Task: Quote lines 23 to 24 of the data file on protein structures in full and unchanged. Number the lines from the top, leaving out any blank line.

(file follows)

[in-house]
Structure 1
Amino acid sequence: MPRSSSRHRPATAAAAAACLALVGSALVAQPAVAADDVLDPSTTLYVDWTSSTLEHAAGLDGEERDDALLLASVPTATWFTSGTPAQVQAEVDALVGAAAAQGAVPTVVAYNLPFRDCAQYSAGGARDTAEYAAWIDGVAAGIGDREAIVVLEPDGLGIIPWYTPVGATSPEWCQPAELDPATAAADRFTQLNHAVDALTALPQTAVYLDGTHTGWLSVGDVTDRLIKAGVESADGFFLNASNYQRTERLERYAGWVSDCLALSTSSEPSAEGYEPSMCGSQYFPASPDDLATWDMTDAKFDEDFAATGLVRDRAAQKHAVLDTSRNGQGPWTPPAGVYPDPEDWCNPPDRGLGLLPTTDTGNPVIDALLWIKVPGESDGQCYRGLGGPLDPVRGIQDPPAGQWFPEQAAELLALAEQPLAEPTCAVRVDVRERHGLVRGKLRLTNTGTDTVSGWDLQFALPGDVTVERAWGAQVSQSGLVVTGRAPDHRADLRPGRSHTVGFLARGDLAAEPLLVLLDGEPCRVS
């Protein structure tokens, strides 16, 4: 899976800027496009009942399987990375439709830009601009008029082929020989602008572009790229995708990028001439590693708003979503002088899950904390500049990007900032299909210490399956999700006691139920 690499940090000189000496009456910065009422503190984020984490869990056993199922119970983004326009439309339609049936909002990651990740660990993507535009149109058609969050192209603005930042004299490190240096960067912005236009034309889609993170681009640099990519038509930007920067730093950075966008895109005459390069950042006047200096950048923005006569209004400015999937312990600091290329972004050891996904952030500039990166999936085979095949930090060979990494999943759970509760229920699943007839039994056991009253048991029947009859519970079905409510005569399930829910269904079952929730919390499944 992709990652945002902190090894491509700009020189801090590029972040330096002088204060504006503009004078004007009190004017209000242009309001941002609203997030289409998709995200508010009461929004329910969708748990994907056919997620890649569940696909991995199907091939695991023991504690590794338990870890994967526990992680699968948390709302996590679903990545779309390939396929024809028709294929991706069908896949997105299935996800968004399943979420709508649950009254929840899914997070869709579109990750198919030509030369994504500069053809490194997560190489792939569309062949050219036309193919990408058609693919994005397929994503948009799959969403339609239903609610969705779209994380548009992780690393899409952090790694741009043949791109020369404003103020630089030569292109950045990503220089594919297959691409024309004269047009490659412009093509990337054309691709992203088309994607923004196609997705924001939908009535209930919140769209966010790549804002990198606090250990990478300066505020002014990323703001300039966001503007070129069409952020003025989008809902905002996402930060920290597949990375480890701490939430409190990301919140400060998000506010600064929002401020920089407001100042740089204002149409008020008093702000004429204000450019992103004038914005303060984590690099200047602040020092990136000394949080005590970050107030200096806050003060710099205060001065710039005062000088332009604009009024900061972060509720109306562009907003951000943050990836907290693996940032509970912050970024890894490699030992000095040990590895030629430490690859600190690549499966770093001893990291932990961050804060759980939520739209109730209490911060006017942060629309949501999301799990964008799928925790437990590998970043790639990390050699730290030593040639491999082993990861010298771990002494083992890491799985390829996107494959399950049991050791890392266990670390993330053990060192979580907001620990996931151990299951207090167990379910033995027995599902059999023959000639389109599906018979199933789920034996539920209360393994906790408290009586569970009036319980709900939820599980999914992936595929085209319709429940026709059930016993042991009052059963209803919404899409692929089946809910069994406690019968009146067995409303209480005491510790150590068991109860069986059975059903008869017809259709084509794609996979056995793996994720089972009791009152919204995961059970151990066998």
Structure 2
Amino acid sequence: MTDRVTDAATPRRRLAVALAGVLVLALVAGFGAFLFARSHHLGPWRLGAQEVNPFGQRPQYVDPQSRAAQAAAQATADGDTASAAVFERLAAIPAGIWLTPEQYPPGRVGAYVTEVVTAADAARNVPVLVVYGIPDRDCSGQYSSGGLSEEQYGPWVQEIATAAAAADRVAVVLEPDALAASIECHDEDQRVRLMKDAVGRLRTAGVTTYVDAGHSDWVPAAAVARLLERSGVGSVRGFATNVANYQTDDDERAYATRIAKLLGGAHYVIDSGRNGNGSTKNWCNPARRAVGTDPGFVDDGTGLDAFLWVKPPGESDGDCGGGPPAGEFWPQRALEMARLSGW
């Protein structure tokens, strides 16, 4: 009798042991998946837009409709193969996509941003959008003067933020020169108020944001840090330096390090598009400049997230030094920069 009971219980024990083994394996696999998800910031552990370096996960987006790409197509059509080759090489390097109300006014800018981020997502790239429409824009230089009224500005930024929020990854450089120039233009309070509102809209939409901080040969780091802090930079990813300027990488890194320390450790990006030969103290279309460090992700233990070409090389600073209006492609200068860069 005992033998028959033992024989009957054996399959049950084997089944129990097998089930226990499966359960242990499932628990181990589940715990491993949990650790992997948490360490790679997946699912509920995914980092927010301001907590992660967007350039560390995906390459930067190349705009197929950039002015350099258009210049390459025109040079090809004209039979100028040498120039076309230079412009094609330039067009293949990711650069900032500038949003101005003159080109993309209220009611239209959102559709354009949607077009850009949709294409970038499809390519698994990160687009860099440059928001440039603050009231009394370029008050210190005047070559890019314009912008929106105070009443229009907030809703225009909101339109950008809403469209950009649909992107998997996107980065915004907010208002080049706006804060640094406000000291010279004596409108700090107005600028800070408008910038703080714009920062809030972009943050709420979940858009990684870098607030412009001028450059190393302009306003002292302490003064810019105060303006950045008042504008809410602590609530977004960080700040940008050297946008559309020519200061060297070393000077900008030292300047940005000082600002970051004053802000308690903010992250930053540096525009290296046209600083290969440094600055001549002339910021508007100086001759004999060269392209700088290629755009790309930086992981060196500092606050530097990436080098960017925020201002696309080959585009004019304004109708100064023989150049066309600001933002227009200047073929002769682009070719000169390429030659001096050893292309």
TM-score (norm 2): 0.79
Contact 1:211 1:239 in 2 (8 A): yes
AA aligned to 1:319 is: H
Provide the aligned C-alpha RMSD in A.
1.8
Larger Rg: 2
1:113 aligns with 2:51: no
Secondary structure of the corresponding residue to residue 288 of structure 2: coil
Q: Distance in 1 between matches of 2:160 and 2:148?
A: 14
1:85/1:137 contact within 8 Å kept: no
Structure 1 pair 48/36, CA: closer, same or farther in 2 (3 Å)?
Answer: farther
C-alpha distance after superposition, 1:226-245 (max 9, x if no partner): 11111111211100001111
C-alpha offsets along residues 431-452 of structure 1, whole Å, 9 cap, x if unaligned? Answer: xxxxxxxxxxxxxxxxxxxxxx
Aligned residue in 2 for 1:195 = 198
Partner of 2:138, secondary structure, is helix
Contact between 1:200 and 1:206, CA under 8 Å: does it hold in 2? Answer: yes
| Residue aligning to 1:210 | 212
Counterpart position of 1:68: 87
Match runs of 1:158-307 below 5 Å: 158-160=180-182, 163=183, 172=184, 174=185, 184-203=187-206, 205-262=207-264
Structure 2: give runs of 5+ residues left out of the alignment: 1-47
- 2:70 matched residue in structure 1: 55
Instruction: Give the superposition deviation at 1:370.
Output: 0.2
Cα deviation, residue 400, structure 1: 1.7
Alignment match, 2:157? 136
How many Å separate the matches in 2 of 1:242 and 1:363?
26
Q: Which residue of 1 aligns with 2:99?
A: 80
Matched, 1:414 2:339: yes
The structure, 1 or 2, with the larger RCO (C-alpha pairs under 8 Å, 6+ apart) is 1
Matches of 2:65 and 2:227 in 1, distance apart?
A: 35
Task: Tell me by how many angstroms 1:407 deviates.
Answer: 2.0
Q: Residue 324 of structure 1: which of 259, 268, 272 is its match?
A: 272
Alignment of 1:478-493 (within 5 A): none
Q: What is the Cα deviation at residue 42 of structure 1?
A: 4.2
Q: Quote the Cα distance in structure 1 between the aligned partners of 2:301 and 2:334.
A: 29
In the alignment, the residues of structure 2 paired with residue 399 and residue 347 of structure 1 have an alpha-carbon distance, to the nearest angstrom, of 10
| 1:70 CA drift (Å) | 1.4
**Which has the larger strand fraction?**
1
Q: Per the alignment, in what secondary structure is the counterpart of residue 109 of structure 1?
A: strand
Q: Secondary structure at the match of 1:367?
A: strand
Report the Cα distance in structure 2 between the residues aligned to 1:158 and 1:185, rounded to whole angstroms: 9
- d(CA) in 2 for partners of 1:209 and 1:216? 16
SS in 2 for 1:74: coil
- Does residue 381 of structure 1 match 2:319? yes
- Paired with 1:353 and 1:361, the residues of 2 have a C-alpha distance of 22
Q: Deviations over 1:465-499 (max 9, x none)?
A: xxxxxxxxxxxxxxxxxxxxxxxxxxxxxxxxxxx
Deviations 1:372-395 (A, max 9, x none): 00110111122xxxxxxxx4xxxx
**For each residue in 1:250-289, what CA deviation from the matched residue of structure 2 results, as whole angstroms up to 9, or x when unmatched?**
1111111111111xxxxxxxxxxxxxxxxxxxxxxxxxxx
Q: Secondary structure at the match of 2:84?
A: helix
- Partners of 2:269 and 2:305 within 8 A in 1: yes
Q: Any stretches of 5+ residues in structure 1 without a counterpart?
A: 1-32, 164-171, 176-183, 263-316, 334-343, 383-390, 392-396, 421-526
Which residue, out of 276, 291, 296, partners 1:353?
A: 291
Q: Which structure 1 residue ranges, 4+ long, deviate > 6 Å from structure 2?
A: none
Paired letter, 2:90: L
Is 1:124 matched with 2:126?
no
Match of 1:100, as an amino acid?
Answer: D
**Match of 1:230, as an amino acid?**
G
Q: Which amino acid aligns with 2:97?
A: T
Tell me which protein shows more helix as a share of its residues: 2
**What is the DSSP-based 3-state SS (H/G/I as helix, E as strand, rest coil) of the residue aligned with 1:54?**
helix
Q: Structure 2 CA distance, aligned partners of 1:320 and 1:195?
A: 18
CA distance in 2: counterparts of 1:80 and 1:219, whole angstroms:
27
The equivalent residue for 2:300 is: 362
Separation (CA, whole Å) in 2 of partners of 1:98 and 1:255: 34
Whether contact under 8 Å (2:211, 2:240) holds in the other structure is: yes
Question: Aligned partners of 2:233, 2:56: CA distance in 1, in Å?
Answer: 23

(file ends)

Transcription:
Aligned residue in 2 for 1:195 = 198
Partner of 2:138, secondary structure, is helix